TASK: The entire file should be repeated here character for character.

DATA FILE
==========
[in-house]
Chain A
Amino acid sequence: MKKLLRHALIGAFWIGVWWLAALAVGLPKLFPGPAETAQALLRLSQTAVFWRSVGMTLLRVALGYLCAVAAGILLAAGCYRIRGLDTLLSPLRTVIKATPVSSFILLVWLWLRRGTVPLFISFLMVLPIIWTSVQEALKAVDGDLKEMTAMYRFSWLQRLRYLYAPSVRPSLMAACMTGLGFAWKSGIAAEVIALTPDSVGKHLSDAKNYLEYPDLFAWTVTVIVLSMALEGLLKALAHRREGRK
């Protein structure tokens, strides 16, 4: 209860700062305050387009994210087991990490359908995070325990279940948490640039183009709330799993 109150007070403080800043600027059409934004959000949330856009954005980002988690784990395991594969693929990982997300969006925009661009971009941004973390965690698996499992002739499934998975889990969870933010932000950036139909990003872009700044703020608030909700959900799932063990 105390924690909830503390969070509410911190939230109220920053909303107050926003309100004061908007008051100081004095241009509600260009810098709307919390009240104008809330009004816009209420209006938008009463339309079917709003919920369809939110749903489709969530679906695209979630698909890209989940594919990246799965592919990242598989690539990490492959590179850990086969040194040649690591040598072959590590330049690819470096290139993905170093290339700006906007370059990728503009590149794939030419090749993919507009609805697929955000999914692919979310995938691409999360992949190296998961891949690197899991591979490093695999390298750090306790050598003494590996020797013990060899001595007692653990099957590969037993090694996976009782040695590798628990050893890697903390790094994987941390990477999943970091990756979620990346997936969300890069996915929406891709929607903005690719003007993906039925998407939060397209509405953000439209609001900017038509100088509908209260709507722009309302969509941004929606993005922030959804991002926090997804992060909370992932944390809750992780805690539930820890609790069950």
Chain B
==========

[in-house]
Chain A
Amino acid sequence: MKKLLRHALIGAFWIGVWWLAALAVGLPKLFPGPAETAQALLRLSQTAVFWRSVGMTLLRVALGYLCAVAAGILLAAGCYRIRGLDTLLSPLRTVIKATPVSSFILLVWLWLRRGTVPLFISFLMVLPIIWTSVQEALKAVDGDLKEMTAMYRFSWLQRLRYLYAPSVRPSLMAACMTGLGFAWKSGIAAEVIALTPDSVGKHLSDAKNYLEYPDLFAWTVTVIVLSMALEGLLKALAHRREGRK
């Protein structure tokens, strides 16, 4: 209860700062305050387009994210087991990490359908995070325990279940948490640039183009709330799993 109150007070403080800043600027059409934004959000949330856009954005980002988690784990395991594969693929990982997300969006925009661009971009941004973390965690698996499992002739499934998975889990969870933010932000950036139909990003872009700044703020608030909700959900799932063990 105390924690909830503390969070509410911190939230109220920053909303107050926003309100004061908007008051100081004095241009509600260009810098709307919390009240104008809330009004816009209420209006938008009463339309079917709003919920369809939110749903489709969530679906695209979630698909890209989940594919990246799965592919990242598989690539990490492959590179850990086969040194040649690591040598072959590590330049690819470096290139993905170093290339700006906007370059990728503009590149794939030419090749993919507009609805697929955000999914692919979310995938691409999360992949190296998961891949690197899991591979490093695999390298750090306790050598003494590996020797013990060899001595007692653990099957590969037993090694996976009782040695590798628990050893890697903390790094994987941390990477999943970091990756979620990346997936969300890069996915929406891709929607903005690719003007993906039925998407939060397209509405953000439209609001900017038509100088509908209260709507722009309302969509941004929606993005922030959804991002926090997804992060909370992932944390809750992780805690539930820890609790069950």
Chain B